Internet penetration in India has grown rapidly over the past five years, with 600-mn-plus Indians now having data on their phones. More than 80% of this user base is on social media and content sharing platforms, but less than 15% are enjoying the benefits of e-commerce. This is despite the efforts of various direct-to-customer e-commerce platforms to get people from tier 2/3/4 towns to transact online. “There are two major challenges that have restricted the adoption of e-commerce beyond the big cities – low ticket sizes and a need for assistance & trust,” says Angad Kikla, co-founder, CityMall, a social commerce venture that seeks to create India’s largest chain of virtual stores on WhatsApp.
CityMall’s model of community commerce claims to solve both the aforementioned problems. “Our network of community leaders (CLs) act as demand aggregation points, supply chain partners and the front-face of CityMall’s engagement with its end user base. CLs have good social capital, and the fact they are a part of the same community as the customers allows first-time users to trust the platform,” he remarks.
In his assessment, the average ticket size of purchases in small towns (~Rs 300) is one-third of that in metros and tier-1 cities, making a D2C supply chain unfeasible for these geographies. “Home delivery for such transaction sizes makes the supply chain unsustainable, necessitating demand aggregation to cut logistical costs.” Besides, customers at such places are used to purchasing from neighbourhood kirana stores and local bazaars, and it requires a significant amount of hand-holding, assistance and trust-building to get them to transact online, he adds.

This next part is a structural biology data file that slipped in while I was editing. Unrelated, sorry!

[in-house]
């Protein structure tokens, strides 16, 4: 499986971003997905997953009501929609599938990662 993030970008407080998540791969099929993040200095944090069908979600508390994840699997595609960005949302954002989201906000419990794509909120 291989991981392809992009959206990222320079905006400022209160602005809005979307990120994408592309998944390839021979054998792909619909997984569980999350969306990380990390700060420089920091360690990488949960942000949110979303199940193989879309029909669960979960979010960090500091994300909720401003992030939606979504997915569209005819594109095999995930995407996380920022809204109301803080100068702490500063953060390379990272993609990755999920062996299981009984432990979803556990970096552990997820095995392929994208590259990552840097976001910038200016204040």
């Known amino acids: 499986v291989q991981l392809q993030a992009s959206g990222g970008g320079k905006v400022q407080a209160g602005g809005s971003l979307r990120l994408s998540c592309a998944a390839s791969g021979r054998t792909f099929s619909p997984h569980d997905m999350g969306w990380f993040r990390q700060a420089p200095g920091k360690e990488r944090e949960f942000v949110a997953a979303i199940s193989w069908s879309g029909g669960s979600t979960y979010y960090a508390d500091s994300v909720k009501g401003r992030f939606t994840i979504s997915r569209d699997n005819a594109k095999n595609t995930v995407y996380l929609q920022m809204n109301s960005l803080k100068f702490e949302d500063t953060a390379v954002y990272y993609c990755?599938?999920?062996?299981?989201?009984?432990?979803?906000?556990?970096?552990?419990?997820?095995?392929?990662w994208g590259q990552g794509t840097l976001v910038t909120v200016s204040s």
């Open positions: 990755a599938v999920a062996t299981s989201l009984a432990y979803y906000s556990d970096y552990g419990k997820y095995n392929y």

In two and a half years, CityMall has created a network of 25,000+ CLs in 25 urban centres across Haryana, NCR & UP. It has grown at 30% m-o-m over the past 18 months, and entered categories like grocery, FMCG, fashion and general merchandise. “One in three households has purchased from CityMall in cities where we started operations earlier, and in the newer cities we are seeing faster acceptance,” says Kikla.
CityMall has raised a total of ~$110 m, with its recent series C round being led by Norwest Venture Partners. “Our last three rounds have materialised over 15 months, cementing our conviction that community commerce is the way to bring Bharat onto e-commerce,” he says. “We are backed by some of the top global institutional investors including General Catalyst, Citius, Jungle Ventures, Arena Ventures, Elevation, Accel & Waterbridge.”
With the money it has raised, CityMall plans to expand to 100 towns and cities over the next 18 months, strengthen its leadership team, enter new categories and invest in advanced technology. “We plan to hire 400 people in the next 15 months.” On the future outlook, Kikla says, “We have barely scratched the surface of the e-commerce market in Bharat. The future looks extremely promising as we look to penetrate deeper into north India, and expand our reach to the western belt. Our CL network enables us to service the needs of our end users efficiently. We are on track to become Bharat’s biggest e-commerce platform.”